After coming to life in December 2010—following more than 80 years of silence—Kizimen Volcano showed no signs of slowing down in February 2011.
This false-color satellite image shows a vigorous volcanic plume streaming northeast from the summit. The white portion of the plume is likely rich with steam, while the tan plume is primarily ash. To the northwest, forests that have not yet been coated with ash are red. The ground east of Kizimen is coated in newly-fallen ash that has not yet covered by snow. Several dark streaks lie to the south of the summit—probably traces of pyroclastic flows.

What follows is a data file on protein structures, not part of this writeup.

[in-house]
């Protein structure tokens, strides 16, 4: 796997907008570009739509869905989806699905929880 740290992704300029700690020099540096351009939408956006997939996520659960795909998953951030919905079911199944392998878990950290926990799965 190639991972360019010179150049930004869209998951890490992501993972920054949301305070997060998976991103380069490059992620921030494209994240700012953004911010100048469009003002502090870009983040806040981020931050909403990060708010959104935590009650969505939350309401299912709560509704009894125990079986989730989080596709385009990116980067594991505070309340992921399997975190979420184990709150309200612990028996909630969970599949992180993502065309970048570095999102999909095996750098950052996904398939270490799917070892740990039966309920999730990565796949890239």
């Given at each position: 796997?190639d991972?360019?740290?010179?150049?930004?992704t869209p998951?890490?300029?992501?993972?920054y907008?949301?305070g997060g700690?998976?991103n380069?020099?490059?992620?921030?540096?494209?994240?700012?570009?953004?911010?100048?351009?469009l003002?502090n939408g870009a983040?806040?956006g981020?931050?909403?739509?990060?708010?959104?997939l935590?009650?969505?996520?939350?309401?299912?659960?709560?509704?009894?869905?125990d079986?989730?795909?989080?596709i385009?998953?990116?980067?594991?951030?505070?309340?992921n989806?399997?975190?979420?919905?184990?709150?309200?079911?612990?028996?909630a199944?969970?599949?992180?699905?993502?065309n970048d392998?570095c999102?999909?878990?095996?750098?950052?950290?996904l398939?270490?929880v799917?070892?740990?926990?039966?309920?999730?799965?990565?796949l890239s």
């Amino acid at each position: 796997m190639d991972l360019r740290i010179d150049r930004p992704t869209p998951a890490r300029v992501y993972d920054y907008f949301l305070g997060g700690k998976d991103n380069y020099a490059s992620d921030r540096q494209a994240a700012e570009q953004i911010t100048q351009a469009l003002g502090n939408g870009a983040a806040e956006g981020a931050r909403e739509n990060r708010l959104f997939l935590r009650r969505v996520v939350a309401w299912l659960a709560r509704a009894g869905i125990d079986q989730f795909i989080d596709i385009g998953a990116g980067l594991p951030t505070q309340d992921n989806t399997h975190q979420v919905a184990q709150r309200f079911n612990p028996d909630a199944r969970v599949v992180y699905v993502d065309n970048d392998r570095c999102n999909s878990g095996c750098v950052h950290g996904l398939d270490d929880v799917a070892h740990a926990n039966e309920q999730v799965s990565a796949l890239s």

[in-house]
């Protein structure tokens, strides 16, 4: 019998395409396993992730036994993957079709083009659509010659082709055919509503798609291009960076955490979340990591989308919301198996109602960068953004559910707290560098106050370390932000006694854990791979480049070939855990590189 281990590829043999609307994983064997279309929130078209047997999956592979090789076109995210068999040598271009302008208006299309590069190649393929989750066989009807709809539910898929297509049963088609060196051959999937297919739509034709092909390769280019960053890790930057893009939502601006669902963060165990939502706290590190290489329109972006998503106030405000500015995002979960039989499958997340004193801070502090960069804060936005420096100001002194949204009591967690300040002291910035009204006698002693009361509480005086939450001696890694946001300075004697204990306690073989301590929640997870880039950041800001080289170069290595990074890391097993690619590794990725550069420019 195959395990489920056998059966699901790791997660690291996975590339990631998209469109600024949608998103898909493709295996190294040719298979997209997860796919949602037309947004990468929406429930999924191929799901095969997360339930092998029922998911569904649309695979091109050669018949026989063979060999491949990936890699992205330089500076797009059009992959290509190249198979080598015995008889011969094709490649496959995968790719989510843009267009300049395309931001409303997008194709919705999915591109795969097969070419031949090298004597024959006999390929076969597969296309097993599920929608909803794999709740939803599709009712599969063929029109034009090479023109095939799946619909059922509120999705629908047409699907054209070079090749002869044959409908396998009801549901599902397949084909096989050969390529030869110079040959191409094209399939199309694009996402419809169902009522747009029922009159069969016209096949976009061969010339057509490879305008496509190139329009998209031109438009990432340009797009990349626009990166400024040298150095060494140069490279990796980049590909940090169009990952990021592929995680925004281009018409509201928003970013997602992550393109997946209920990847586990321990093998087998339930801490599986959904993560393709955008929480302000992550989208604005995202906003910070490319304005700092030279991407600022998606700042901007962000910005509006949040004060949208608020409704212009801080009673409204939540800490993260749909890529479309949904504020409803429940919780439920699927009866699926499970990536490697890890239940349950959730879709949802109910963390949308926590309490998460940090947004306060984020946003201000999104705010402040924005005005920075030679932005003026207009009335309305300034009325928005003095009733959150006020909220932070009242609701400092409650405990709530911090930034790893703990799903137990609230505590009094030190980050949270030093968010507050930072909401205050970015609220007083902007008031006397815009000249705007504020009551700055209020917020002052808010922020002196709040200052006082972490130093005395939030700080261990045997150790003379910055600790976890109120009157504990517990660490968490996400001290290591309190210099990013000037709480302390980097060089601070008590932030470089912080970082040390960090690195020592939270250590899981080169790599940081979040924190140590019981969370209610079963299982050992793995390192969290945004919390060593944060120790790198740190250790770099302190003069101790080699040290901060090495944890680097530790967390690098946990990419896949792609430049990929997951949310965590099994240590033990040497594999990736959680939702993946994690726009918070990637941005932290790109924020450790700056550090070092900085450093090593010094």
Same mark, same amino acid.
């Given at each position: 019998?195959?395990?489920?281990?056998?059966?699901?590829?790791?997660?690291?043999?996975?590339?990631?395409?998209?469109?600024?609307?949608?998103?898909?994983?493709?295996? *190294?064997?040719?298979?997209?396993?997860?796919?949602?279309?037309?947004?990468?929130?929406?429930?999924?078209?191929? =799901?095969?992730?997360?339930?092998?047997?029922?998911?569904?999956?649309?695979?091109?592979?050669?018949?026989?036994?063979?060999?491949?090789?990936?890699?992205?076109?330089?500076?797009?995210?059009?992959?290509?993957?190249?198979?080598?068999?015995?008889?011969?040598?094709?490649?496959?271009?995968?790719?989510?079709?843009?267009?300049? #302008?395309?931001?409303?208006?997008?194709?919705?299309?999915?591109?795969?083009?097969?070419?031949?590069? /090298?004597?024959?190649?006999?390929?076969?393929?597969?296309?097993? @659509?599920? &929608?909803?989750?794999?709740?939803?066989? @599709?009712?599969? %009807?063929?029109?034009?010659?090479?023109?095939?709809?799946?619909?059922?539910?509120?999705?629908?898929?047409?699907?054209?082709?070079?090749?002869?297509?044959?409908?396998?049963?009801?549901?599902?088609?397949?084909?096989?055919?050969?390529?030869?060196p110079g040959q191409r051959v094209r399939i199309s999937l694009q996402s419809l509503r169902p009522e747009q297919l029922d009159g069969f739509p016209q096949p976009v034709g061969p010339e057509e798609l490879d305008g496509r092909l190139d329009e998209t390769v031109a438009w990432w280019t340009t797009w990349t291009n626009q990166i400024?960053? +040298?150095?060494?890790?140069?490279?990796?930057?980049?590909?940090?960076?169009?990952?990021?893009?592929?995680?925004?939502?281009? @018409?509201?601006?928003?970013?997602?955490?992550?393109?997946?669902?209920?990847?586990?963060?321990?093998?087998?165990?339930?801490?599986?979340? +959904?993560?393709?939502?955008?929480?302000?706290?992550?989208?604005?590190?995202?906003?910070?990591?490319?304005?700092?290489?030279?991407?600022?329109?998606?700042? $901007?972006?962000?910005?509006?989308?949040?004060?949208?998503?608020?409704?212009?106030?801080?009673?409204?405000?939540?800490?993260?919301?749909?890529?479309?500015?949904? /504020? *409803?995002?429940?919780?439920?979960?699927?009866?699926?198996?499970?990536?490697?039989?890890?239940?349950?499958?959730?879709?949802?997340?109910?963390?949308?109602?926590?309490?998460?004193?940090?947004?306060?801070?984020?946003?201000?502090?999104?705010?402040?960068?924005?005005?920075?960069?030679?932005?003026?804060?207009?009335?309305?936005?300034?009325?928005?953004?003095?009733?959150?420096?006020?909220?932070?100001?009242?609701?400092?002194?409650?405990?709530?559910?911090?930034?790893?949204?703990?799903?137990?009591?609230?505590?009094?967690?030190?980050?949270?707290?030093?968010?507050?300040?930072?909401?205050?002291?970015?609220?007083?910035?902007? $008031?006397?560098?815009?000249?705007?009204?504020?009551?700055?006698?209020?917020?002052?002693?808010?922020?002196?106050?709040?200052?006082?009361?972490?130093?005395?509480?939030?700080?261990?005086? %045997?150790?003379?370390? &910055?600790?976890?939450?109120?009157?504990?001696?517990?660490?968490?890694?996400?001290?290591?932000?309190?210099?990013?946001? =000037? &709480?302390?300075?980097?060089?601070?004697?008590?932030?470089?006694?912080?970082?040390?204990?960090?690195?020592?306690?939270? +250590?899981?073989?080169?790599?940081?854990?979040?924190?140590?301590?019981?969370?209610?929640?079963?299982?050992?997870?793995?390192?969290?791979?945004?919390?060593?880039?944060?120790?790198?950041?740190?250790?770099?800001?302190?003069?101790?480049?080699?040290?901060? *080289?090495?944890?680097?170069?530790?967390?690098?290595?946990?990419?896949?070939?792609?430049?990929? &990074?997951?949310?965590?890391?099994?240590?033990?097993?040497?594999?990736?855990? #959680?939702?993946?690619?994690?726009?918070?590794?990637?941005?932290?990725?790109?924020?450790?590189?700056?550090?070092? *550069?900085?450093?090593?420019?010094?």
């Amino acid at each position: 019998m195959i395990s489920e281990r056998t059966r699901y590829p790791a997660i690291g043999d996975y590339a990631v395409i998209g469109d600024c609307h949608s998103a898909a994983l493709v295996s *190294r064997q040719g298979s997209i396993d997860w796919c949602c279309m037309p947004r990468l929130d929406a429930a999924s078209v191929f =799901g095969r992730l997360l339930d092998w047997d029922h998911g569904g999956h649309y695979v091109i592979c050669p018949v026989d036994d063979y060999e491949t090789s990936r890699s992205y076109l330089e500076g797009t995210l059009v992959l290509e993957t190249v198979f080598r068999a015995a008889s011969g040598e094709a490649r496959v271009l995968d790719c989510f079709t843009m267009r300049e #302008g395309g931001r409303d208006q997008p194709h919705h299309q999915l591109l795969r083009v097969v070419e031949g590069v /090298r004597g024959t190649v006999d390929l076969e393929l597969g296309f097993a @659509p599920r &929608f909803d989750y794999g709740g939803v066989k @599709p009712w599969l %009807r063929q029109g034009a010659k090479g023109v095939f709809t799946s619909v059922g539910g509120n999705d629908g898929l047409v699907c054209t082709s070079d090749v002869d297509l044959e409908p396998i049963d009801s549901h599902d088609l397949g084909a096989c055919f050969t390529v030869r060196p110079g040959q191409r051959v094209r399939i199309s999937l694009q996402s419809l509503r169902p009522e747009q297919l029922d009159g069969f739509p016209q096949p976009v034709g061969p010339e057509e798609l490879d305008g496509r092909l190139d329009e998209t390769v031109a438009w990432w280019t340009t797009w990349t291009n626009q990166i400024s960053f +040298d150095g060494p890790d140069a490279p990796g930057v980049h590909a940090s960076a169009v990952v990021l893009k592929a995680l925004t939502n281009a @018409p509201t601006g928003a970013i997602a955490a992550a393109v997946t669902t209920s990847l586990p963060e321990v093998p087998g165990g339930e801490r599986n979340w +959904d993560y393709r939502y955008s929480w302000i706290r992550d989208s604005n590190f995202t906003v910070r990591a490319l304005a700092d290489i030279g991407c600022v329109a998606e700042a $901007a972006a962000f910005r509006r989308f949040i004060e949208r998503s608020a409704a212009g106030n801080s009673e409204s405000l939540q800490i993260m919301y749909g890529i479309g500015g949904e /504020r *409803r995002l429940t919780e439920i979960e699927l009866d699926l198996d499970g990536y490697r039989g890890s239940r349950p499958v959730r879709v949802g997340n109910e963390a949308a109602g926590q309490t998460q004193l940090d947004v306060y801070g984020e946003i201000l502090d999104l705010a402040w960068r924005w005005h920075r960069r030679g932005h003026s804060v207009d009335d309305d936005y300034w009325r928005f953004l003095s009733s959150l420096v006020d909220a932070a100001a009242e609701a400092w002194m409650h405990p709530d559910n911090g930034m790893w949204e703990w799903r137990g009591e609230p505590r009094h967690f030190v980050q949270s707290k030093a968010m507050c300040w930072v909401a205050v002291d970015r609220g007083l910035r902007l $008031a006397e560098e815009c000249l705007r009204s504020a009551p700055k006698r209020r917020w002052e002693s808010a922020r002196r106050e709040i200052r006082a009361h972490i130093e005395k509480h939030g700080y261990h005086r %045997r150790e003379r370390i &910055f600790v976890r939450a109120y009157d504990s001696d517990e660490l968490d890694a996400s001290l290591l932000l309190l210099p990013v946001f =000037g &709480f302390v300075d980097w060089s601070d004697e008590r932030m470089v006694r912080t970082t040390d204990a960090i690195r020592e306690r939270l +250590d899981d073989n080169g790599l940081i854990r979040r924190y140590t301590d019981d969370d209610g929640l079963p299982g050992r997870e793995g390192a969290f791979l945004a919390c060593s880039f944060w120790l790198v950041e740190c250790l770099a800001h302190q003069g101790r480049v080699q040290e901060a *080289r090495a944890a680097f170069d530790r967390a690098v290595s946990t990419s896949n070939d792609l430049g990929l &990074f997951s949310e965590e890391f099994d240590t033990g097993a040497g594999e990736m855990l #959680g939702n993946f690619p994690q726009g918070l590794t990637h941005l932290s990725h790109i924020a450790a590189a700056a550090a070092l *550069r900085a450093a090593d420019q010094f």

In contrast to the explosive eruptions of the previous week, ash emissions from Mount Redoubt became more frequent but confined to lower altitudes on March 30, 2009. The commercial satellite GeoEye-1 captured a high-resolution view of the volcano the same day.